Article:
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What does he Mean by it?

When a reckless and dangerous man, who has proclaimed that between you and him there is an "irrepressible conflict," "draws a bead" on you with a riffed, it is of course your duty to advance towards him in a polite and deferential manner, and ask him what he means by it! When a robber aims a slungshot at your head, or a burglar breaks the fastenings of your door, or an incendiary applies the match to the inflammable materials which he has prepared for a conflagration, by all means, before you prepare to defend your life and property, ask him what he means by it? Ten to one, in each of these cases, he will assure you, as Abe. Lincoln does his Southern interrogators, that he means no harm whatever, and that his intentions are of the most pacific character.

Three thousand troops and a squadron of war ships sent to the South, are such evident measure of conciliation and compromise that, but for politeness sake, we can't conceive why Virginia should inquire of the Black Republican President what he means by it. His purpose is just as plain as was that of his illustrious prototype, John Brown, when he proceeded to "occupy and possess" a Southern stronghold. When Gov. Wise heard that Gen. Brown, with pikes and men, had invaded Virginia, he ought to have sent a deputation and inquired what he meant by it.-- Brown would no doubt have informed him that he meant peace, for he always protested that, if the slaveholders would lie still and be plucked without remonstrance, he wouldn't hurt a hair of their heads. The legatee of John Brown who now has possession of Harper's Ferry and Old Point, means no more harm than his testator. He is only adopting means to come into peaceable possession of his estate, and, unless he is resisted as old John was by Gov. Wise, not a drop of blood will be shed.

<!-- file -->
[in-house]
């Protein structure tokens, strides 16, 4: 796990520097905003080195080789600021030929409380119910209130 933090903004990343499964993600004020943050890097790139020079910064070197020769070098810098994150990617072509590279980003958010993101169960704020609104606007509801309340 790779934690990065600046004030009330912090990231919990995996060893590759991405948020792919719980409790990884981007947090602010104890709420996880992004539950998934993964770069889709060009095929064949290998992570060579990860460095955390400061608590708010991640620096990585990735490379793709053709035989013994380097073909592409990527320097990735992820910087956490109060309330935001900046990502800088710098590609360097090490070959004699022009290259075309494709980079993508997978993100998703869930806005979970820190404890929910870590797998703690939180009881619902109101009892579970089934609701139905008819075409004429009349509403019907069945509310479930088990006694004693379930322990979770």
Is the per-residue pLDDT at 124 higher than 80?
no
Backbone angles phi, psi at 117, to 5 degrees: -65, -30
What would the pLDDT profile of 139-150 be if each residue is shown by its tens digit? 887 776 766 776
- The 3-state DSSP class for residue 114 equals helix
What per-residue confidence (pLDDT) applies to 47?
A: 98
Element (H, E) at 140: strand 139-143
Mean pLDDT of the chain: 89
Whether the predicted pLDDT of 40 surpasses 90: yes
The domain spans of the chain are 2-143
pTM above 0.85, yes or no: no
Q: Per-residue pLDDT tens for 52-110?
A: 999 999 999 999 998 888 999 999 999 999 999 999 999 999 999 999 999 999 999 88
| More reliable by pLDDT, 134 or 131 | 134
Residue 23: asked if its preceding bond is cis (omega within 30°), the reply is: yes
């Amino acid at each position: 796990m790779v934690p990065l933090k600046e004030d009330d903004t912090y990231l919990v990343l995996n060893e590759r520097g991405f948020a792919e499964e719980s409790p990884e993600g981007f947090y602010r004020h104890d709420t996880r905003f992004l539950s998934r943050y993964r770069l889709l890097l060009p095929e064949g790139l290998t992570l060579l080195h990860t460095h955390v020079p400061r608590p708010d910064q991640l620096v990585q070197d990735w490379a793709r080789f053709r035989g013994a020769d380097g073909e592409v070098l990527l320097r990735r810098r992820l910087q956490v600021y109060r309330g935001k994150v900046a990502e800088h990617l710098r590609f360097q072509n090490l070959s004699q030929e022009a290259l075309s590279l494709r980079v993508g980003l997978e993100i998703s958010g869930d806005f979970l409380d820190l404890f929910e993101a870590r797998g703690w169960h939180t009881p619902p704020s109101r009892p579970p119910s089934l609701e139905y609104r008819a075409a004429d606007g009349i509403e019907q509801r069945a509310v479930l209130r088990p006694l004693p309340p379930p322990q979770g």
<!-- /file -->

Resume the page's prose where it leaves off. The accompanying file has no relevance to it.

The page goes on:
Captain Meigs, U. S. Engineer, who goes out from New York with the peace-making deputation of three thousand, was asked what it meant. He replied, ‘"In about ten days you will know."’ That is about the length of time of the voyage by sea from New York to Pensacola.

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